Video still from Episode 3, artwork by Renzo Martens
One of the highlights of the current Berlin Biennial is the work of a young Dutch artist – Renzo Martens. Titled Episode 3 (2008), Martens’s 90-minute video constitutes a challenging portrait of contemporary media and capitalist exploitative foundation that continues to run a deep division between North and South. Martens takes a candid, often tragically ironic, approach in exposing and criticizing First-World self-righteous image.
More text and related images after the jump…
A still from Episode 3. Renzo Martens explains the meaning of the neon signs to the villagers in the Congo. via Art Tattler
Despite his reputation for having an introverted and laconic character, Martens was openly responsive to questions and comments about his piece. Perhaps, it was the informal and low-key atmosphere that distinguished the opening of the 6th installment of Berlin Biennial for Contemporary Art. Martens’s work is controversial enough to arouse curiosity, anger and self-conscious assessment of Westerner’s position in the world of omnipresent NGO’s and economically driven politics. Episode 3 produces a striking effect by combining documentary footage along with intervening shots of the artist that highlight subjective narrative style and undermine the function of film reportage. Using a handheld camera, Martens guises himself as an amateur observer who poses poignant questions that elucidate a perpetuating system of exploitation and hopelessness.
Renzo Martens. Video still from Episode 3. via Wilkinson Gallery
Visually compelling and emotionally unnerving, Episode 3 evokes the films of Werner Herzog, specifically the jungle scenes from Fitzcarraldo except instead of carrying relief supplies Martens’s “ship” illuminates the dark waters with a neon sign “Enjoy (please) Poverty.” Here, poverty is a resource as much in economic terms as it is in media and artistic production. Martens obviates the hopeless situation of Congolese peoples in running an experiment in which he trains a group of indigenous photographers to make images of dying children in order for them to enter the media market. These efforts prove futile as the photographers are unable to obtain permits. The imagery of the developing world is thus a colonized and exploited sphere as much as the inequitable economy of gold mining in the Eastern Congo, where Western companies, under the protection of the UN troops, are continuously reaping benefits at the expense of powerless locals who are consistently denied participation.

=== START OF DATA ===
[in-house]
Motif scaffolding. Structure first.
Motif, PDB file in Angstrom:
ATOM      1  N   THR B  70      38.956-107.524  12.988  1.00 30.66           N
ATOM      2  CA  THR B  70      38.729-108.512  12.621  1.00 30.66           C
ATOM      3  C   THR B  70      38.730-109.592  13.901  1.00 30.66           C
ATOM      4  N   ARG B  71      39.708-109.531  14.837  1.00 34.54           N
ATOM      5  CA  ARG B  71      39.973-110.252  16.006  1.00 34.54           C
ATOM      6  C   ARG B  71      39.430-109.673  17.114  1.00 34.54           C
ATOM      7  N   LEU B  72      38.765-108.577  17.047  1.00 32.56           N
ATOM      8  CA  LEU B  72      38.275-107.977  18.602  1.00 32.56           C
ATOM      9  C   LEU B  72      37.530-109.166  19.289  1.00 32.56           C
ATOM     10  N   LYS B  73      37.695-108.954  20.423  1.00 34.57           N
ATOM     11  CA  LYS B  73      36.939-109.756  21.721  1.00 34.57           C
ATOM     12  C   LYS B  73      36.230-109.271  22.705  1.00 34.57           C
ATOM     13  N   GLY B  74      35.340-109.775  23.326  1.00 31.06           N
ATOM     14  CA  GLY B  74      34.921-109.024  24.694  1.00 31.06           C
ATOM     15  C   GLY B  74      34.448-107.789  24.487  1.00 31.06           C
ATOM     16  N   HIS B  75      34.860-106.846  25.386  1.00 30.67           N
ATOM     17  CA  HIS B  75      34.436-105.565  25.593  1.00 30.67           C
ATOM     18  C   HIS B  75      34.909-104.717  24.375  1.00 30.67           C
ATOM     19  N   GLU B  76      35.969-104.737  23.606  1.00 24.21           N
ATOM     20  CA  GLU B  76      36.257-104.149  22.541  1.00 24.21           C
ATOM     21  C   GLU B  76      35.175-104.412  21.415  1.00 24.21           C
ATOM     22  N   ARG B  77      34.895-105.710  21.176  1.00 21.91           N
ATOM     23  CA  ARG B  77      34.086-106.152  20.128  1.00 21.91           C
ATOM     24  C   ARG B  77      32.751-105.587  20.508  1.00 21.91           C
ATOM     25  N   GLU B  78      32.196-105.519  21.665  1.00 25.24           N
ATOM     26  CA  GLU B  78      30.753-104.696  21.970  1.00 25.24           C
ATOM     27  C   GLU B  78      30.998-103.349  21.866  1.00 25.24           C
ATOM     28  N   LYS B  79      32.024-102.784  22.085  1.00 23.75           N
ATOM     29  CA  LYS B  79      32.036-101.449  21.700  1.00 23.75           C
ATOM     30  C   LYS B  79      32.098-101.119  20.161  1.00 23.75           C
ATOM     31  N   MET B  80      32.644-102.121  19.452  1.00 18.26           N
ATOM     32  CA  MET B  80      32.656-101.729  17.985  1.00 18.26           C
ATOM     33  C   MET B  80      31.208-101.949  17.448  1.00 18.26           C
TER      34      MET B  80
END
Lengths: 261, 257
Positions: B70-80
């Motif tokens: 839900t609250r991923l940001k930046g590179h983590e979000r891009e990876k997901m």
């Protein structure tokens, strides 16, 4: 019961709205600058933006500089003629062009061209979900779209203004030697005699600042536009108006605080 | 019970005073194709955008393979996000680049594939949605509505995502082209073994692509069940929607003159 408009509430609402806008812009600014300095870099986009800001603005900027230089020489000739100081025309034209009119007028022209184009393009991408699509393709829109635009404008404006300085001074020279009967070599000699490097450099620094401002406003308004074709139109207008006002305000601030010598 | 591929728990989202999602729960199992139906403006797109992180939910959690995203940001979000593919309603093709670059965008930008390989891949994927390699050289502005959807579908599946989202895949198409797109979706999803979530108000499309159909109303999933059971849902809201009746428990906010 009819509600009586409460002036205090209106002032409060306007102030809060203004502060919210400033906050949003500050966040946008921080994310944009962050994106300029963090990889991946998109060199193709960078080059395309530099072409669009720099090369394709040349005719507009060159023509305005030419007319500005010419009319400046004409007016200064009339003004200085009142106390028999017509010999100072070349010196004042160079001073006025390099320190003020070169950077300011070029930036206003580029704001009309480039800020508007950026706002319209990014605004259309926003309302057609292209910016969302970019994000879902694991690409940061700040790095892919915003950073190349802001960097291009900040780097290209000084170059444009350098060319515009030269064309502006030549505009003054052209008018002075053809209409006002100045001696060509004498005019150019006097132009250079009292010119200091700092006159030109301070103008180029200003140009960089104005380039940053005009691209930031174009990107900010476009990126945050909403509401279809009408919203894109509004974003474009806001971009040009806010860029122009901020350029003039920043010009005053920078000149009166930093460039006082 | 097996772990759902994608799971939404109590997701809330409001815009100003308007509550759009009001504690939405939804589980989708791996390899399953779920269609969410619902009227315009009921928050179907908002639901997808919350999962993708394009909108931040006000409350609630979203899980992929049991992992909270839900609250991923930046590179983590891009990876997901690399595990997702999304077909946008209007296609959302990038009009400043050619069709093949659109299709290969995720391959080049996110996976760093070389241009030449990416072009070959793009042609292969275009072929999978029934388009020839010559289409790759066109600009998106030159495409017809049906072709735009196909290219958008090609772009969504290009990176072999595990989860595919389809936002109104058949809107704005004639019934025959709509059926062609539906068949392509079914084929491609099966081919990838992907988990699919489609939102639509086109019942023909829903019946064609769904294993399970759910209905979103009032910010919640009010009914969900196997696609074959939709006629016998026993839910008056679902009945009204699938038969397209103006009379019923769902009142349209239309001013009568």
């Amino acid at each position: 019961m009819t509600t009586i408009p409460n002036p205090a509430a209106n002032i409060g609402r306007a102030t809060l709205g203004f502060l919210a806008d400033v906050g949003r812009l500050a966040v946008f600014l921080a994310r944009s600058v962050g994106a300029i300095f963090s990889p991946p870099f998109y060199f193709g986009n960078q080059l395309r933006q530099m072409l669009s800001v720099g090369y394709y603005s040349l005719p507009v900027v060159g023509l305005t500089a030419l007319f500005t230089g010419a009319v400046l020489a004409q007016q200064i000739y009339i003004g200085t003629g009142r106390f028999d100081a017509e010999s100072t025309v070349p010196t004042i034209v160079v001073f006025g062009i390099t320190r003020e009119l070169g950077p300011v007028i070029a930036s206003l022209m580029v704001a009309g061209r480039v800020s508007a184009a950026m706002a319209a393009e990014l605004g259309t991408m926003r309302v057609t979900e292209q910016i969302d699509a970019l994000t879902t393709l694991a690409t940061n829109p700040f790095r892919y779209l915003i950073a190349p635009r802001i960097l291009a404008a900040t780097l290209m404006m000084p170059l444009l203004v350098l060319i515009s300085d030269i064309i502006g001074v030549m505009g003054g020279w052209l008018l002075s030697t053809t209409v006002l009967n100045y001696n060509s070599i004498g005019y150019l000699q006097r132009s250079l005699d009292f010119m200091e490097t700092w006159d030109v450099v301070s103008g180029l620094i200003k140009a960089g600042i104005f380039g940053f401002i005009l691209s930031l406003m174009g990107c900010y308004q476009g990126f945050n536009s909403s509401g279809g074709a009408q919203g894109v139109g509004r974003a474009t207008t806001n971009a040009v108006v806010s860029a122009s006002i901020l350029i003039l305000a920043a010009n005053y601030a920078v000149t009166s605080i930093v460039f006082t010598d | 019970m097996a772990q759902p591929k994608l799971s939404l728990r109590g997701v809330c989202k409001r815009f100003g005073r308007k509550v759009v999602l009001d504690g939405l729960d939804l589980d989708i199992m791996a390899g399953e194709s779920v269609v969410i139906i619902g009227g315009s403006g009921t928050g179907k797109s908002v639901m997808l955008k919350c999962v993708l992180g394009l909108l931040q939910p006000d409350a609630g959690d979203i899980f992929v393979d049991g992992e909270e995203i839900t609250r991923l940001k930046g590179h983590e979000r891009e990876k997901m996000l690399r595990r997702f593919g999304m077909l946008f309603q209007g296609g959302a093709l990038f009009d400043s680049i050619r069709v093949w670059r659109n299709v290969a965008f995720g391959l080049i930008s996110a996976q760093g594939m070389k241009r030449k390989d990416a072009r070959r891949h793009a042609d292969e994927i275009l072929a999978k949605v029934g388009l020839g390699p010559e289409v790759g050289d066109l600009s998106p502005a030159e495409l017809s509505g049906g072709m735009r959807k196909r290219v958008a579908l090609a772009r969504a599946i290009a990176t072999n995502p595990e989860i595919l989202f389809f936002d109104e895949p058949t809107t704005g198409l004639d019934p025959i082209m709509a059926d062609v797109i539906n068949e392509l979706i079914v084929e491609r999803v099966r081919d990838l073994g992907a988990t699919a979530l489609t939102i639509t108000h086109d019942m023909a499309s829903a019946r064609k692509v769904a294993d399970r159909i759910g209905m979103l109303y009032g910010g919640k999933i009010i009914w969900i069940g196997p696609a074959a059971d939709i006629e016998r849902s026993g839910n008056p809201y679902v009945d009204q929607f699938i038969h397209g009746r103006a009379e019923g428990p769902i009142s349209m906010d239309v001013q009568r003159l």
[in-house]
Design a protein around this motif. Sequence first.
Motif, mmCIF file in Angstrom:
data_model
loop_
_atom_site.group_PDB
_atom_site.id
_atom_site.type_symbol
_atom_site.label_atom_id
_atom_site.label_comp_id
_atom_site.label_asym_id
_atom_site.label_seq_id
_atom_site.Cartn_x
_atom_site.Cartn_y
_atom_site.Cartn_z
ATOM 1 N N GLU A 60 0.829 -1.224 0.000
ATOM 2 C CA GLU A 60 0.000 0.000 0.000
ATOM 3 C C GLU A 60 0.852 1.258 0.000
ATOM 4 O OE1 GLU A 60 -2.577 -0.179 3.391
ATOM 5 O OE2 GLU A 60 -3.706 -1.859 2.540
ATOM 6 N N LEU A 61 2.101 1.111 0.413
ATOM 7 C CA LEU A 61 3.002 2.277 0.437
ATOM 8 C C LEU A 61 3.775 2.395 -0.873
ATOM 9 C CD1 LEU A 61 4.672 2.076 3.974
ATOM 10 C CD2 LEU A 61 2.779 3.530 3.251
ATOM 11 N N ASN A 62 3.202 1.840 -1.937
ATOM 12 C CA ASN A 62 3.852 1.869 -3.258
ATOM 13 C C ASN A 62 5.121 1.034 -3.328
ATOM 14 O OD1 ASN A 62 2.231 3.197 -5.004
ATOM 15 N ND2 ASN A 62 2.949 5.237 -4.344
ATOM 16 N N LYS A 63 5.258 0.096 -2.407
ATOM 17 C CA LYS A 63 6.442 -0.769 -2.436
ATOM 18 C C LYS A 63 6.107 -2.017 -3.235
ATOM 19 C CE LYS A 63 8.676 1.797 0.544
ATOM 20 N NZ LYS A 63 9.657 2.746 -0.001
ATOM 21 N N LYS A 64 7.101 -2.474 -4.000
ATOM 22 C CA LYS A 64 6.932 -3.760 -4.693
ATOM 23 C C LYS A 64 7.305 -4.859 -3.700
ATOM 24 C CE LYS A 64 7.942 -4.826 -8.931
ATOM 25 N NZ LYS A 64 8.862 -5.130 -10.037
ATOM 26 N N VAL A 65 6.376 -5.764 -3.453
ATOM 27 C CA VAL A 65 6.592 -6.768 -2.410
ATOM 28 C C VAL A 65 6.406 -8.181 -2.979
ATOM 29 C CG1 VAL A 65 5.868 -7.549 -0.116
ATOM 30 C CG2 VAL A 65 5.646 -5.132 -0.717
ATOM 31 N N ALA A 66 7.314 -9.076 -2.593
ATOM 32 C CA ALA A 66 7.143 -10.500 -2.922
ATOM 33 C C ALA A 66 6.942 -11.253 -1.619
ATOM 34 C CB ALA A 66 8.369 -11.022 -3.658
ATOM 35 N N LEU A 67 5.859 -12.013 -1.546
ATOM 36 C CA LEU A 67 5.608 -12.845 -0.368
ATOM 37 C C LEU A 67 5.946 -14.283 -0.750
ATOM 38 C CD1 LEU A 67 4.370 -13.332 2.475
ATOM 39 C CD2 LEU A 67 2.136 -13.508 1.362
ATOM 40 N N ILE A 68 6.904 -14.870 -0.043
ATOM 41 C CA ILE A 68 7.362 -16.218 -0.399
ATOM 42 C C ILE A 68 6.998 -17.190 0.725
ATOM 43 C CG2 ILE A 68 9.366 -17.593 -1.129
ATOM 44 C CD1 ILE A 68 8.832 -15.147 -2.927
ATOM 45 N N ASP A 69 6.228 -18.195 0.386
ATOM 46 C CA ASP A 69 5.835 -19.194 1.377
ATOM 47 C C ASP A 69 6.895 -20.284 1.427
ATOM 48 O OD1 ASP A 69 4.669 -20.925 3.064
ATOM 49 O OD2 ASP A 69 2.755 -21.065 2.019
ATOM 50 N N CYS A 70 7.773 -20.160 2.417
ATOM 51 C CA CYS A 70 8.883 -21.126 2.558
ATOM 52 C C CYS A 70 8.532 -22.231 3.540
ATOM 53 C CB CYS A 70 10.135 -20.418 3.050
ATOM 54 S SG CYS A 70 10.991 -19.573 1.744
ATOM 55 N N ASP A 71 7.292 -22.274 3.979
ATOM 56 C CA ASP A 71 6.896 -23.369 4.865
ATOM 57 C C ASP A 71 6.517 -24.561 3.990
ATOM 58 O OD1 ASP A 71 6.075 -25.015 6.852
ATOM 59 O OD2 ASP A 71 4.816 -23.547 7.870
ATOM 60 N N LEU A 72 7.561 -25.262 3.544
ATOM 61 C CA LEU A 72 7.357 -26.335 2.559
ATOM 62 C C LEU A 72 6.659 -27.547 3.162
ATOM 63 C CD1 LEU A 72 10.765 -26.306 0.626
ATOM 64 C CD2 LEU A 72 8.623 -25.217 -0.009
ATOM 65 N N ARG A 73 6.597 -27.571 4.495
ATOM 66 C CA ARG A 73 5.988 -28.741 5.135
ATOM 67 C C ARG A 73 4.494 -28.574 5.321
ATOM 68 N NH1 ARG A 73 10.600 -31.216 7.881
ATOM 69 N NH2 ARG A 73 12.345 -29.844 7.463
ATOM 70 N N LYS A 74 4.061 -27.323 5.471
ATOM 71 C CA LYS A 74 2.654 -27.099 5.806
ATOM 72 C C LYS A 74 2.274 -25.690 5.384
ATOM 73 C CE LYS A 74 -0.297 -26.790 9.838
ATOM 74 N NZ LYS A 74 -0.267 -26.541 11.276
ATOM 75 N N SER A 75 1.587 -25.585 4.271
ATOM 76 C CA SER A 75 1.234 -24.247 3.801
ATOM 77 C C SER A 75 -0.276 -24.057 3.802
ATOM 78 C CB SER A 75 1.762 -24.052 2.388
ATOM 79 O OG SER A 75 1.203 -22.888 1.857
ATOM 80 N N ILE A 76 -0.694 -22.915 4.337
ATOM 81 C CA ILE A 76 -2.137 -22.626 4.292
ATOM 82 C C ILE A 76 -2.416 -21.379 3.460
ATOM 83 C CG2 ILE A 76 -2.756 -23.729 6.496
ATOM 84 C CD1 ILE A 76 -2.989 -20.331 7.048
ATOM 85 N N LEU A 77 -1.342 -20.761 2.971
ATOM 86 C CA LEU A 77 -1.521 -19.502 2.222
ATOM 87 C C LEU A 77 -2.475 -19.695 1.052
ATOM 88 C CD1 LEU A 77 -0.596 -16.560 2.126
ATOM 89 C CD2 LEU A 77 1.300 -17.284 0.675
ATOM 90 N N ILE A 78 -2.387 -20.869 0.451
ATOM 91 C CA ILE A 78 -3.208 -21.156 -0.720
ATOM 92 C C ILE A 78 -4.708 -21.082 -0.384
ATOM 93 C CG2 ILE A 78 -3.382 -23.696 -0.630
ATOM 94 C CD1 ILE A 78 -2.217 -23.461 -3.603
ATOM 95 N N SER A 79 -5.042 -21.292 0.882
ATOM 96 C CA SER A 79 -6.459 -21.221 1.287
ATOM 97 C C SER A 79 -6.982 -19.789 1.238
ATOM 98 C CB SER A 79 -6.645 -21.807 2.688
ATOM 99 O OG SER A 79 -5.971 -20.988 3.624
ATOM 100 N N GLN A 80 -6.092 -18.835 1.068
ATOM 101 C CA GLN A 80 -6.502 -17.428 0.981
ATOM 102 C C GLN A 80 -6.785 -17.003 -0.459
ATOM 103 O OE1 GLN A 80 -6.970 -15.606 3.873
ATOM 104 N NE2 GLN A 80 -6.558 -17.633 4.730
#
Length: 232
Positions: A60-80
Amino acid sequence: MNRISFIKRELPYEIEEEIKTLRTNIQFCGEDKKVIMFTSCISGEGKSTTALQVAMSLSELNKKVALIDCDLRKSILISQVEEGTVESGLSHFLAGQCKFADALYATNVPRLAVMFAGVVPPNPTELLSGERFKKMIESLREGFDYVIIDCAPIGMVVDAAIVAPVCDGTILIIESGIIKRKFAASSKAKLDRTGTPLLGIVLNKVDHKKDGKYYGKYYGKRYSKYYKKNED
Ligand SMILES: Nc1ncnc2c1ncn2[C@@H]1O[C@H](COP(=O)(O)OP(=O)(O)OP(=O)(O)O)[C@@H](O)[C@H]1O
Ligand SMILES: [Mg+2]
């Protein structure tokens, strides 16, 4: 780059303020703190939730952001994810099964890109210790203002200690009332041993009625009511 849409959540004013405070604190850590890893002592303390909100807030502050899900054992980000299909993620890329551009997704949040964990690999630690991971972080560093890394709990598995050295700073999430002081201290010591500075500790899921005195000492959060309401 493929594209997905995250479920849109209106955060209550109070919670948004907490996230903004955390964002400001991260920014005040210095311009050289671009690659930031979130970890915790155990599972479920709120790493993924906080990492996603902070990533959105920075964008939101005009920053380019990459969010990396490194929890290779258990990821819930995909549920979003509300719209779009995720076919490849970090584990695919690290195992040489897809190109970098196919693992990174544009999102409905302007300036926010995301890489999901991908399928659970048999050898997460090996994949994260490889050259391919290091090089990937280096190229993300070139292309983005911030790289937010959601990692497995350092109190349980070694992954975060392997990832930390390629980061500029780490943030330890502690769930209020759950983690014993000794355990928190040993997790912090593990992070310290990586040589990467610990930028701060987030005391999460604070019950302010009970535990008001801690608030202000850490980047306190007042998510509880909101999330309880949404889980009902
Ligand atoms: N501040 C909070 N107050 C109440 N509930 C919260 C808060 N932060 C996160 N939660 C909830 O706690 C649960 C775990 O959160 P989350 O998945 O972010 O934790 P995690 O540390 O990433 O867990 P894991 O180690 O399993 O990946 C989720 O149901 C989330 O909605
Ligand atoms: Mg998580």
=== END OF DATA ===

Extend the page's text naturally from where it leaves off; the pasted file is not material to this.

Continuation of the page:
Opening credits of Episode 3 by Renzo Martens. via ArtSlant
Renzo Martens is well aware of his own artistic motives and inescapable implications of producing a video whose exposure will once again repeat the double exploitation he obviates. Episode 3 shatters any idea of hope. The villagers only become a part of the grand scheme of the art market, their actions and conversations gain the quality of a performance that is meant to be consumed elsewhere. Martens allows for no idealistic streak to creep in. He bluntly says: “the idea of hope is a projection of a public, white man’s fantasy.” Phenomenologically speaking, hope is a concept that rests directly upon the future, much like faith, it can be understood in its symbolic capacity that distinguishes it from the realm of unbound possibilities and that of an apprehension of the possible past. In the Third World, progress seems impossible and Episode 3 acutely illustrates the lack of any solution to the moral dilemma of capitalist economic system. Rather than reproduce reality, however, Martens re-performs preexisting conditions and constructs a new reality that calls the viewer to examine his own role as much as that of the artist’s in forming perceptive conclusions of the world around us.
Renzo Martens’ Episode 3 Trailer. via YouTube by Gallerie Fons Welters.
At the press preview, Renzo Martens readily chatted with the visitors about his art practice and experience working in the Congo for 2 years.
Installation that accompanies the video. Episode 3 is being screened at 2 hour intervals at Oranienstraße 17.
~ J. Solovyeva